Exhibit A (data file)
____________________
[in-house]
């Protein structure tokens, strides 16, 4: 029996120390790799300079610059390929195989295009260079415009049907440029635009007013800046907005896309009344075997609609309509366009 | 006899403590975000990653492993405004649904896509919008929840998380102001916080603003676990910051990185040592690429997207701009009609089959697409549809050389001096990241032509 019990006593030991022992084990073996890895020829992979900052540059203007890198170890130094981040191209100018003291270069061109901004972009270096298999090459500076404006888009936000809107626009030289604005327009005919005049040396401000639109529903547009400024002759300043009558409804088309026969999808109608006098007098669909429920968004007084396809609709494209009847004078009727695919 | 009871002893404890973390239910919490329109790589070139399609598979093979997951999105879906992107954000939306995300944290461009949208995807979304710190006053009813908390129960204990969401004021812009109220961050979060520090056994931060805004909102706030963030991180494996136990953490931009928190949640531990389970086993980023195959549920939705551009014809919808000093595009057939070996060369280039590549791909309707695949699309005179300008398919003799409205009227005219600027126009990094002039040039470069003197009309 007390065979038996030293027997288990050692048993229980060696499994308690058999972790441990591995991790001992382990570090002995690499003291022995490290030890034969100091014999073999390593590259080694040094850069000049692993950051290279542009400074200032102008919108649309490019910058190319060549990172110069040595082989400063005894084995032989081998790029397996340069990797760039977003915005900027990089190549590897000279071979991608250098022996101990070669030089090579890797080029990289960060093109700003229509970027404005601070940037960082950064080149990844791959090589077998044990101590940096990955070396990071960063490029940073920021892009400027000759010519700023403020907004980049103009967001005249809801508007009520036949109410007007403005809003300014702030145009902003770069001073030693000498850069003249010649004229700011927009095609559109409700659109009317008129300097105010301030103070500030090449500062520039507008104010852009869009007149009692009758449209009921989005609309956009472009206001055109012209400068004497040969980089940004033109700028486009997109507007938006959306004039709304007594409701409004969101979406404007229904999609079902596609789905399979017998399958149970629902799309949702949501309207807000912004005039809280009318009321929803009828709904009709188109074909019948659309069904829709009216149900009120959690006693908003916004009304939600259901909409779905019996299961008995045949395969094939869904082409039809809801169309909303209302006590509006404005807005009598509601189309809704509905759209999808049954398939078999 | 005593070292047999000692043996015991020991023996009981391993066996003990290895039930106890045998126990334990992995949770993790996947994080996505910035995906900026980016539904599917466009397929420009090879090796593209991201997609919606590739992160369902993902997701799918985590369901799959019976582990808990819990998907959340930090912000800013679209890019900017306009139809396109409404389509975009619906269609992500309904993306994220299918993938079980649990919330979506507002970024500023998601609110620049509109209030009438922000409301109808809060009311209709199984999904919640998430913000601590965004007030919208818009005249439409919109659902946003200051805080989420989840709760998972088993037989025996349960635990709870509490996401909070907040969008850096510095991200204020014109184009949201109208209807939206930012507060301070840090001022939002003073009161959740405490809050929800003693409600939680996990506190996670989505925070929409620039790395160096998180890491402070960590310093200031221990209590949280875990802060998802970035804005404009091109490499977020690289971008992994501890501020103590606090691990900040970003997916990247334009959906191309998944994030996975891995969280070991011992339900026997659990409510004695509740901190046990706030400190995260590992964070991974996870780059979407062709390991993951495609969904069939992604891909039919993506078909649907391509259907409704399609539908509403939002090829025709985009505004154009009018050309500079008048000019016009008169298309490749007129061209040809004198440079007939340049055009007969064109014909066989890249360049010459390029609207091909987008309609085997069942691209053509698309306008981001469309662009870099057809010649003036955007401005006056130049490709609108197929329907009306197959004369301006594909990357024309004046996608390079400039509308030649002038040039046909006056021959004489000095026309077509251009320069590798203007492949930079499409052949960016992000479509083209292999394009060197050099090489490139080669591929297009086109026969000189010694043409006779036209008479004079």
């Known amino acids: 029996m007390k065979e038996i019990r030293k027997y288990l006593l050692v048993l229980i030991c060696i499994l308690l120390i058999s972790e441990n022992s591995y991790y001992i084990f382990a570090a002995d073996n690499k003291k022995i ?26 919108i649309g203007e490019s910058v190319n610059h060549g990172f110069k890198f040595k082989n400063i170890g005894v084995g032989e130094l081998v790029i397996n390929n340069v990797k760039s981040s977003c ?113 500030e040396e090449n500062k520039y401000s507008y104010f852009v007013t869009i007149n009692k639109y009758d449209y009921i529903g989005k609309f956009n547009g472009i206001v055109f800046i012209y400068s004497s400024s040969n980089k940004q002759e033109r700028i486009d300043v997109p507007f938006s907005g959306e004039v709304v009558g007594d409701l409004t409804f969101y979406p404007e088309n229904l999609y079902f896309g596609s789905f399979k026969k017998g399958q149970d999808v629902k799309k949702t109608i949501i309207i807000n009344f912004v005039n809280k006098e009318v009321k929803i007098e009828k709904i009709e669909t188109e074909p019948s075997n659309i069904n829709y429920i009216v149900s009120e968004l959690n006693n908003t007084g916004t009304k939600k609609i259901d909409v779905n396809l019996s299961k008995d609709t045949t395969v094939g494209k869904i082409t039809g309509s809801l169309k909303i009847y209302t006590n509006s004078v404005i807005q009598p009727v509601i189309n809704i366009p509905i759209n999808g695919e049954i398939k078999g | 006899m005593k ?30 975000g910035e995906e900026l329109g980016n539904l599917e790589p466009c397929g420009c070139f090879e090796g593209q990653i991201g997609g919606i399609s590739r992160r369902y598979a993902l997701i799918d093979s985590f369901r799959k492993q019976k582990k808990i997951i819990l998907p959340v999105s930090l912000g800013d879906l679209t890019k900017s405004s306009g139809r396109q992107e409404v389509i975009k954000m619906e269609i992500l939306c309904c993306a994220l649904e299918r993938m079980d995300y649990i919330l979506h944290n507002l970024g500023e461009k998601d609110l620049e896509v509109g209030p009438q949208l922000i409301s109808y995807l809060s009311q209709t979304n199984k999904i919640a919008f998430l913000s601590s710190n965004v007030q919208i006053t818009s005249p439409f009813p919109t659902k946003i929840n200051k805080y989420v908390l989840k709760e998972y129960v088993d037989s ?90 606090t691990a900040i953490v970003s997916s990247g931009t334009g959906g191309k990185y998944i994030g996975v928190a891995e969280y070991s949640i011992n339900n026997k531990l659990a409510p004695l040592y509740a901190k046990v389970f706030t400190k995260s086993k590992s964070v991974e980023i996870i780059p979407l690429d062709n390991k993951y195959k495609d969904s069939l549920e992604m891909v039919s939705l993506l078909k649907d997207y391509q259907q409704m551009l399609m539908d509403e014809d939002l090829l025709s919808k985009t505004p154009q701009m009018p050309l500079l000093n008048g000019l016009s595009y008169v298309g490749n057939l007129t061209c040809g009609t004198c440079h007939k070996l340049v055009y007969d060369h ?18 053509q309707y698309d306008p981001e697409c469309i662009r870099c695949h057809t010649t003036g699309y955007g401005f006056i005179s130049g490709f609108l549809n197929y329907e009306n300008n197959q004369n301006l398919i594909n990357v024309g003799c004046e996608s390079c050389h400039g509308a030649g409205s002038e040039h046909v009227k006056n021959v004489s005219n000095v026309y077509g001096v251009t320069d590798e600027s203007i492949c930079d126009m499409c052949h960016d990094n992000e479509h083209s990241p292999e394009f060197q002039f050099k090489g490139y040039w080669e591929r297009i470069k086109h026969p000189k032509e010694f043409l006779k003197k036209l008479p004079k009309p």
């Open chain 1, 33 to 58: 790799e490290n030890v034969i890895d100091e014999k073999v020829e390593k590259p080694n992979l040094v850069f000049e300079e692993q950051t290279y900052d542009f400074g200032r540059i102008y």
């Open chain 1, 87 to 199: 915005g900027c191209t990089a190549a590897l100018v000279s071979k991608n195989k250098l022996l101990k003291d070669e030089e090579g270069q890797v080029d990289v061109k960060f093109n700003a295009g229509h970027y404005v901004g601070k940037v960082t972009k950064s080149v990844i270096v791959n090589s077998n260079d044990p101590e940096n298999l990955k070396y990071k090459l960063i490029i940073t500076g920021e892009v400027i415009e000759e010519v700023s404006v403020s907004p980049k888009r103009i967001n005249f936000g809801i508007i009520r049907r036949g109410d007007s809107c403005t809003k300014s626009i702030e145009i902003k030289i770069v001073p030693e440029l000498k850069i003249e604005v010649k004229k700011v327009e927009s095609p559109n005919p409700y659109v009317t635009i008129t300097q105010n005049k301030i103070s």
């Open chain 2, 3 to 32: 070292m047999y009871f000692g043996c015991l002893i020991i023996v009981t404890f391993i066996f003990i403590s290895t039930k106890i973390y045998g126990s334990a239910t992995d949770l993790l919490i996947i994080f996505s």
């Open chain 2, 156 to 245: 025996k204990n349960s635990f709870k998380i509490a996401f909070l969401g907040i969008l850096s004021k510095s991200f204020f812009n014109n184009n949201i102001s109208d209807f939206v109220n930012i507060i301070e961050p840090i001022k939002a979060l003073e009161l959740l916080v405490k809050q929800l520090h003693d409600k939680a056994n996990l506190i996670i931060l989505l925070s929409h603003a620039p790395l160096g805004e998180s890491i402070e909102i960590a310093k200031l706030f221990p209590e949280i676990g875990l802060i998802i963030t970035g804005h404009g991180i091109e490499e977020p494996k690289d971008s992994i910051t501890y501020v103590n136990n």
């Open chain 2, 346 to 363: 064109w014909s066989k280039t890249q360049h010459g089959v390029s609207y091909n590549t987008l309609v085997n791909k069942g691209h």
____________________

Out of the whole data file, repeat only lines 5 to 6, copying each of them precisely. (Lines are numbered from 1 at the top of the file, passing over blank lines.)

């Open chain 1, 87 to 199: 915005g900027c191209t990089a190549a590897l100018v000279s071979k991608n195989k250098l022996l101990k003291d070669e030089e090579g270069q890797v080029d990289v061109k960060f093109n700003a295009g229509h970027y404005v901004g601070k940037v960082t972009k950064s080149v990844i270096v791959n090589s077998n260079d044990p101590e940096n298999l990955k070396y990071k090459l960063i490029i940073t500076g920021e892009v400027i415009e000759e010519v700023s404006v403020s907004p980049k888009r103009i967001n005249f936000g809801i508007i009520r049907r036949g109410d007007s809107c403005t809003k300014s626009i702030e145009i902003k030289i770069v001073p030693e440029l000498k850069i003249e604005v010649k004229k700011v327009e927009s095609p559109n005919p409700y659109v009317t635009i008129t300097q105010n005049k301030i103070s």
């Open chain 2, 3 to 32: 070292m047999y009871f000692g043996c015991l002893i020991i023996v009981t404890f391993i066996f003990i403590s290895t039930k106890i973390y045998g126990s334990a239910t992995d949770l993790l919490i996947i994080f996505s």